Volkswagen Golf GTI

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Volkswagen Golf GTI Cabriolet

Road Test

Volkswagen Golf GTI Cabriolet driven

Driven July 2012

Additional Info

This, according to The Official Volkswagen History of Volkswagen, is the first-ever Golf GTI Cabriolet. This news may come as a surprise to those of you who remember owning a MkI Golf GTI cabrio. But VW doesn't classify that car - built from 1983 to 1993 - as an ‘official' GTI: offered only in the UK, it has been mysteriously eradicated from the Wolfsburg archives. Does VW also refute the existence of Birmingham?

Piqued by such nationalistic rewriting of history, Top Gear feels obliged to dish out a British kicking to this definitely-not-the-first GTI cabrio. But we can't, for it is very good.

True, this was predictable. The MkVI Golf GTI is a cracker, and the standard Golf cabrio is immaculate: sticking them together equals lots of GTI speed and precise handling and Golfness, imbued with a finer appreciation of the dung-spreading habits of your local farmers. The 2.0-litre 207bhp turbo remains smooth and tractable - you could survive Britain with second and sixth gears alone - and there's space for four full-size persons. It's fast. It's ace. But VW insulted Britain. Must. Find. Fault.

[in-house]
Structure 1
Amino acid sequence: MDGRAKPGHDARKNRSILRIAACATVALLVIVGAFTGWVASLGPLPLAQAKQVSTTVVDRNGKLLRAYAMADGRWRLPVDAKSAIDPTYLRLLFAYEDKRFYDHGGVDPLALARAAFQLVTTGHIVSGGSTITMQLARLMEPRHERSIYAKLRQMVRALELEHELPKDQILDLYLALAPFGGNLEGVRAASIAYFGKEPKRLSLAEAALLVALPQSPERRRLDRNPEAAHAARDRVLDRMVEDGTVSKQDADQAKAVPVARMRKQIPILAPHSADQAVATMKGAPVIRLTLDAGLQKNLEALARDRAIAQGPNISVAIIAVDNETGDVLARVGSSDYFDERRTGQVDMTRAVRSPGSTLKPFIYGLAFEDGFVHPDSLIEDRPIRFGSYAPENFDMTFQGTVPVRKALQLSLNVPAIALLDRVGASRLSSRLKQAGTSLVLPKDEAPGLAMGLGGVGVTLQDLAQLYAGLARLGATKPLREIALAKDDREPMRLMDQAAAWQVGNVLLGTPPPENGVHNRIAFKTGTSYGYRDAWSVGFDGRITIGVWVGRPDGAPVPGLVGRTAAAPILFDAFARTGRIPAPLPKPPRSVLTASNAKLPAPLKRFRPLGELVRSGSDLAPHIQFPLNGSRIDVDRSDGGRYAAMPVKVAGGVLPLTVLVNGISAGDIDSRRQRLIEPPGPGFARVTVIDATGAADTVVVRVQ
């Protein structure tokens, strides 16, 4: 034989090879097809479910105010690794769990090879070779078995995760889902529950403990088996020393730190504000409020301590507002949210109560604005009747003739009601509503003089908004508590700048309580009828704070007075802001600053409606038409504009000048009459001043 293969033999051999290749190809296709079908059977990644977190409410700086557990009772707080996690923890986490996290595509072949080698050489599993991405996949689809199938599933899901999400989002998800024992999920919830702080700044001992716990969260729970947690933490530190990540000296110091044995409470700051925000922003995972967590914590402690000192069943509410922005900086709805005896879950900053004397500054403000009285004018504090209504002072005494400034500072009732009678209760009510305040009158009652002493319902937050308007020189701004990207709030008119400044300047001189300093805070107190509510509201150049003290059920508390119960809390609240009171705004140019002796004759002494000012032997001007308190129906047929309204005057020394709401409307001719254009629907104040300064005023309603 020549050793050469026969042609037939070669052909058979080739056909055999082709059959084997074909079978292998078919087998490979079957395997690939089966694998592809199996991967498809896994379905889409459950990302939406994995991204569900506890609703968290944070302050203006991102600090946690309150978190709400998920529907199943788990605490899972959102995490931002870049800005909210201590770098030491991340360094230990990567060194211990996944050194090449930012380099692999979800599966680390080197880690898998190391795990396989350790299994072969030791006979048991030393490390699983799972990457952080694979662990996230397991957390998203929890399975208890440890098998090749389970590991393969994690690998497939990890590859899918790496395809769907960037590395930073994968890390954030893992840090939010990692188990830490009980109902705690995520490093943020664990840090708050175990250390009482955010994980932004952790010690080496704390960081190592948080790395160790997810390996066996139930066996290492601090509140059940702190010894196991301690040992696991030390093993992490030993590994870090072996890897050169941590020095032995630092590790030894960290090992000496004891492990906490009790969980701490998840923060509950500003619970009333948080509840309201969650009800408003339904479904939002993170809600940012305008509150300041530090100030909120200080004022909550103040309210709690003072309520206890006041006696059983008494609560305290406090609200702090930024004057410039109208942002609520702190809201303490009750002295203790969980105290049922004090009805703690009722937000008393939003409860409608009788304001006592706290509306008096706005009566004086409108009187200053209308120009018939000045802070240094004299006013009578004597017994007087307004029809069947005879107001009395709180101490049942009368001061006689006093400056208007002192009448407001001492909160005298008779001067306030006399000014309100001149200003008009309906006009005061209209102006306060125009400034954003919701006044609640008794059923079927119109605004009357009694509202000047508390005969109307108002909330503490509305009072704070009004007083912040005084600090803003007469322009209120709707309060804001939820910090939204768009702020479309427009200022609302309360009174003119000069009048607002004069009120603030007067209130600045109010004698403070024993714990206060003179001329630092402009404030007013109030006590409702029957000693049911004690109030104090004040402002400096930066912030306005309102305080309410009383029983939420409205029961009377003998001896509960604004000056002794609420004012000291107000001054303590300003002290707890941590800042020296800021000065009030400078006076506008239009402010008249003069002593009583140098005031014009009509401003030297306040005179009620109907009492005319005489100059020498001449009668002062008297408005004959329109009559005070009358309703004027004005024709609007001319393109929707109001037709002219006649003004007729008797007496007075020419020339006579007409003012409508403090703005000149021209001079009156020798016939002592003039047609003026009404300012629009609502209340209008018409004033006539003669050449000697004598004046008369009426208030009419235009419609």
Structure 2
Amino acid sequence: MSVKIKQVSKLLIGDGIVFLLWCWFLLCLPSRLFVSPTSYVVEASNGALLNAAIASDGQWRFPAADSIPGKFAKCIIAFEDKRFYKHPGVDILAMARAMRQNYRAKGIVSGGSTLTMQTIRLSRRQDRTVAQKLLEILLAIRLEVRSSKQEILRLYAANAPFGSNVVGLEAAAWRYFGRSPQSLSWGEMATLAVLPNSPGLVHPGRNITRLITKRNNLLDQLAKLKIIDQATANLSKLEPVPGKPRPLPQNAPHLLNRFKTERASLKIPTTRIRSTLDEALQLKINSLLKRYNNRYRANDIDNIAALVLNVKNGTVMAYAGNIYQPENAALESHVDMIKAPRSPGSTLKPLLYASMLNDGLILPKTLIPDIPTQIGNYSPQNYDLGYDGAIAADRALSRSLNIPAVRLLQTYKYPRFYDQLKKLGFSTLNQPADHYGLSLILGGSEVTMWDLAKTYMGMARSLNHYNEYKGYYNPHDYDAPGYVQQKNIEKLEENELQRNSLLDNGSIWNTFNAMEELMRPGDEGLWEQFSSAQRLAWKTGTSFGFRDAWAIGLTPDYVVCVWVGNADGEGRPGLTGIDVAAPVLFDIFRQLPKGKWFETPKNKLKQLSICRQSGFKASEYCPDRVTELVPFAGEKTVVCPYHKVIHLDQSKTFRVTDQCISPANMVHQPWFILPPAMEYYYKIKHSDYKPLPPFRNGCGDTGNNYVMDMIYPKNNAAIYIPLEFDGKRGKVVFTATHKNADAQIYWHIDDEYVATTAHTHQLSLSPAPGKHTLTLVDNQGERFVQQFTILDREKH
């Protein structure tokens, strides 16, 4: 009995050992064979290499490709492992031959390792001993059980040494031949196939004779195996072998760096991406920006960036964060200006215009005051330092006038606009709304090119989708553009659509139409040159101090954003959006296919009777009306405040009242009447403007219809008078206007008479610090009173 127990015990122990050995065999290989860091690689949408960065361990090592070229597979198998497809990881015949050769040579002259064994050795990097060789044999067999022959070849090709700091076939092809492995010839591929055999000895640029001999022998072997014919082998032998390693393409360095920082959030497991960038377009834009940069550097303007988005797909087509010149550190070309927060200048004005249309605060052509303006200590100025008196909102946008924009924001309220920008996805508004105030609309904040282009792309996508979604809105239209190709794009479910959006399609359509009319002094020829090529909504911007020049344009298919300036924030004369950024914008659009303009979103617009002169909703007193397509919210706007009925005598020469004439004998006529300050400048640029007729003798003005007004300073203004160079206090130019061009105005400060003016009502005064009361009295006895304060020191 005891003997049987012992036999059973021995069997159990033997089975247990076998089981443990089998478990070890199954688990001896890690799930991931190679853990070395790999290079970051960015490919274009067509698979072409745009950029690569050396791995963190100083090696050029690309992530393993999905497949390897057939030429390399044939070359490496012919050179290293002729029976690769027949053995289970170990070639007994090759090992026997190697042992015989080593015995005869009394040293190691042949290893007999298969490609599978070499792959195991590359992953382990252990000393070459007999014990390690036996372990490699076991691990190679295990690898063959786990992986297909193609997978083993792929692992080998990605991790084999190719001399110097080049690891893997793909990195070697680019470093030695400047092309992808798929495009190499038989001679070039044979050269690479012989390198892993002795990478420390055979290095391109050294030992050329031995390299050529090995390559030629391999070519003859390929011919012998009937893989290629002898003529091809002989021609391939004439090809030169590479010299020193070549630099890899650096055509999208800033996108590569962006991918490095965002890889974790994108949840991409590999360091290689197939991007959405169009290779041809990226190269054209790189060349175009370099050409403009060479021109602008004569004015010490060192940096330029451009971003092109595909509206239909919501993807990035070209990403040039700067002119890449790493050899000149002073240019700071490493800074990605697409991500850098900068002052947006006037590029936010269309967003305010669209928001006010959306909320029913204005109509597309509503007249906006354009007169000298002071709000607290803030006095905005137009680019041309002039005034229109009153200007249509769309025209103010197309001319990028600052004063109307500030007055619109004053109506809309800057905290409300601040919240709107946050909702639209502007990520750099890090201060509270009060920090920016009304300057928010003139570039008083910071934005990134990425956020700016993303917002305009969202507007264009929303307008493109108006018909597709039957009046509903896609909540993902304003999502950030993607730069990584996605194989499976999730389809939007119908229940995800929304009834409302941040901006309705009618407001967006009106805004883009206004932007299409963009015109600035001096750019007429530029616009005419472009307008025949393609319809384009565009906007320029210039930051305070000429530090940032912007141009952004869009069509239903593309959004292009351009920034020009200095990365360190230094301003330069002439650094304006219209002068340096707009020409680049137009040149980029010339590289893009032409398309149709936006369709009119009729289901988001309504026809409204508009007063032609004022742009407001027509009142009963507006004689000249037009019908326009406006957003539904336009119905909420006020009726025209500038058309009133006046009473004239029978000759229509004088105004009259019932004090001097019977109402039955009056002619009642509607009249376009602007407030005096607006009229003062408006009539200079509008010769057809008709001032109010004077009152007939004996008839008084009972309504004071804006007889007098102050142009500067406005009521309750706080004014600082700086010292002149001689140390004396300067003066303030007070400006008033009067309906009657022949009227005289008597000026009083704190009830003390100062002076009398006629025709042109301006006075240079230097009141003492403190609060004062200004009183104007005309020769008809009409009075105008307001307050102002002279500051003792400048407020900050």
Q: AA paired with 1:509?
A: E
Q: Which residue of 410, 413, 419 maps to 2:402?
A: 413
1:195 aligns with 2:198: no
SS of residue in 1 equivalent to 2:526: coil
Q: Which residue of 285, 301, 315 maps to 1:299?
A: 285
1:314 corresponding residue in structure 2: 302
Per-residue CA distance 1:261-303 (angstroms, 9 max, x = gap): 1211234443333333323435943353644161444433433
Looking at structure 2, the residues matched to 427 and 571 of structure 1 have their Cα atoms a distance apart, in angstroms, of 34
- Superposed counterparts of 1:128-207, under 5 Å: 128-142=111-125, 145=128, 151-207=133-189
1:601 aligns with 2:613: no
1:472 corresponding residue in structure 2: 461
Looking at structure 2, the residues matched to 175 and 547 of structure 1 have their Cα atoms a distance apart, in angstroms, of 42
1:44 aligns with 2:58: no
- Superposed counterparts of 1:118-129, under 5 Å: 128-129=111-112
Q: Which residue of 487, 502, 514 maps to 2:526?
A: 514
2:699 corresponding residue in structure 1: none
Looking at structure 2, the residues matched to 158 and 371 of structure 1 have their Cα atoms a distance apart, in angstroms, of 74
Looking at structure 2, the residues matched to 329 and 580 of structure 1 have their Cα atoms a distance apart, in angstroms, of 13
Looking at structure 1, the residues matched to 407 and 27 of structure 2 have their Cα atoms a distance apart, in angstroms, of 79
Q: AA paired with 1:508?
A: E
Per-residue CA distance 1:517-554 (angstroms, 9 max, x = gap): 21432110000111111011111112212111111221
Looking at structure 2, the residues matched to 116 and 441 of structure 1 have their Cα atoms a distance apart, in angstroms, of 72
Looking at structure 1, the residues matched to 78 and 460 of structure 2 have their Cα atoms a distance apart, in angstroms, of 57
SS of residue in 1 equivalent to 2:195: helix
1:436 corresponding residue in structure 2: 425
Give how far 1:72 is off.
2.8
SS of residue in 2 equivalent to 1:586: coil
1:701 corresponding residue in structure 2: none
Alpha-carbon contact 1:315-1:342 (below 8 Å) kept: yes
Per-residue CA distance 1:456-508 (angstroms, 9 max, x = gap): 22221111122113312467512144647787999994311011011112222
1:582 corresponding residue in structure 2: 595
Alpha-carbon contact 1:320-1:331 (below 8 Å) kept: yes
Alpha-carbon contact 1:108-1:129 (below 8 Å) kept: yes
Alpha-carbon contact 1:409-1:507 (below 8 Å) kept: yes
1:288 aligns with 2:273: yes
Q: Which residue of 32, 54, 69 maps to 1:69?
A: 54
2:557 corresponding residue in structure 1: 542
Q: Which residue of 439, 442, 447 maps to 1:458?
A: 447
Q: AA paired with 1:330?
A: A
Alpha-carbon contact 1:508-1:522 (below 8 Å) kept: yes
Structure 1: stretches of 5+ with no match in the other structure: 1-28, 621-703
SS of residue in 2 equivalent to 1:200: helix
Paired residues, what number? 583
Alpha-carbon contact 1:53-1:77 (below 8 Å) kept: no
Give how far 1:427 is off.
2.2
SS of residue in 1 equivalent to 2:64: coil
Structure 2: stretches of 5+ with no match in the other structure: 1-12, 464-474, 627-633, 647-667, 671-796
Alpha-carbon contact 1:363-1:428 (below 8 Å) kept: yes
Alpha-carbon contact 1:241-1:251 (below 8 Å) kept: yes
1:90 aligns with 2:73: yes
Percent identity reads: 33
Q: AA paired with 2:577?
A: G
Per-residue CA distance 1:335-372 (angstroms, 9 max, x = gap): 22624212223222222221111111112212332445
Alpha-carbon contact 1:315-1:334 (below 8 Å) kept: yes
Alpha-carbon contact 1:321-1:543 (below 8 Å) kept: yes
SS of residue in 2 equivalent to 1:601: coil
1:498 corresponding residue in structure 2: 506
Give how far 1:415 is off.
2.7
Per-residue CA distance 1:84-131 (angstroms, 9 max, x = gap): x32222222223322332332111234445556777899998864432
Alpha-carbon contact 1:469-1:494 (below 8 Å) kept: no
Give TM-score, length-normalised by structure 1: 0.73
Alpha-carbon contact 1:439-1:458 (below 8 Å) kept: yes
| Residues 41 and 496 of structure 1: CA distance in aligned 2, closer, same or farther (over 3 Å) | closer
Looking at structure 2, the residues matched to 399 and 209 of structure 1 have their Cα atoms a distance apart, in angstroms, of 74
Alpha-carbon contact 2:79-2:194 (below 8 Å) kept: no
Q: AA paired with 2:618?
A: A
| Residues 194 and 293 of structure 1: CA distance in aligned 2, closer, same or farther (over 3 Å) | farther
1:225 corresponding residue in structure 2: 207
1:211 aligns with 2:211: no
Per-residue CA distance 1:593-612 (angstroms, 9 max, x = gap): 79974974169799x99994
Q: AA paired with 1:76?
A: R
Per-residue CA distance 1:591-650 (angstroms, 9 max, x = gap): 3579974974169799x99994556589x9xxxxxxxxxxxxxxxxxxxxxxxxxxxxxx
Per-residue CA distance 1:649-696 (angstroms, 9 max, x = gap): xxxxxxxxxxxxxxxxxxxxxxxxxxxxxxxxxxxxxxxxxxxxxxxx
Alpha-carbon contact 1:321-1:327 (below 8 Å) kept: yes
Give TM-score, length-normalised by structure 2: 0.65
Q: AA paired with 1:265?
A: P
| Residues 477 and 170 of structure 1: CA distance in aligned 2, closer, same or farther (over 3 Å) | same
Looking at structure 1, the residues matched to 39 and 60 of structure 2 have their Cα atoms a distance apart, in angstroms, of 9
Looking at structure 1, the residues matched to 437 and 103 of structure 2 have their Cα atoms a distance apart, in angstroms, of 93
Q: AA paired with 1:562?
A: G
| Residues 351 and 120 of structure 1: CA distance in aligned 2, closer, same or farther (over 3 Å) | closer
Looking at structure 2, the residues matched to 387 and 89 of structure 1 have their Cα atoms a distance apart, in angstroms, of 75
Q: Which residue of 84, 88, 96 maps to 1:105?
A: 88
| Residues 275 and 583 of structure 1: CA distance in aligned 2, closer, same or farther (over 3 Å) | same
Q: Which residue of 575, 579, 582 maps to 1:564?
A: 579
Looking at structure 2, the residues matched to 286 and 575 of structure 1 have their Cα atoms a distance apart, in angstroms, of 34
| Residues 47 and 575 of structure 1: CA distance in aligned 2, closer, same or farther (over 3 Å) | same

Aha! Got one. Driven hard, maybe the cabrio feels a fraction duller at the rear than the three-door hatch, a mite less eager. But you're buying a cabrio: you have to expect a bit of compromise, and there's no obvious scuttling or tilt from the cabrio's reinforced lower half. The Golf cab uses a simple folding canvas roof instead of a steel Z-bed effort, meaning it weighs only 180kg more than the three-door GTI hatch and the roof doesn't encroach into your precious bootspace. We are begrudgingly impressed.

Refinement? Depressingly brilliant. Lid up, no matter the speed, nary a whisper of wind or road noise permeates the roof's many fabric layers. Strictly in the name of research, we did 140mph on the autobahn with the roof down, and the cabin remained as unblustery and isolated as, well, a Golf hatch.

Which, perversely, is our only real gripe with the GTI cab: maybe it's just too rounded, too grown-up. VW has worked so hard to sand any rough edges from the GTI that sometimes, just sometimes, you yearn for a bit more fizz. We don't expect a four-cylinder turbo hot hatch to yelp like an Italian V12, but beyond a faint, bassy ‘Boh!' from the exhaust on overrun, lowering the GTI's roof doesn't reveal any interesting noise. Surely half the reason for buying a convertible hot hatch is to expose your earholes to the happy burbling emanating from the exhaust? Then again, we only drove the manual 'box: maybe optional DSG would provide a bit more pop 'n' chunter.

And that's the length of the ‘cons' column. As a grown-up, do-everything fast convertible, the GTI is near flawless. It's expensive, true - prices start at £29,310, the cabrio commanding a premium of around £4,000 over the three-door GTI hatch - but, hey, it's two cars for the price of one: a refined, cruisy cabrio and a proper hot hatch. Fine idea, well executed. Just remember that we thought of it first, Volkswagen.

Sam Philip

The numbers
1998cc, 4cyl, FWD, 207bhp, 206lb ft, 37.2mpg, 177g/km CO2, 0-62 in 7.3secs, 147mph, 1533kg

The verdict
It might have a floppy roof, but the Golf GTI Cabriolet remains as versatile and proficient as the hatch. We'd love more noise though... and an accurate VW history book.

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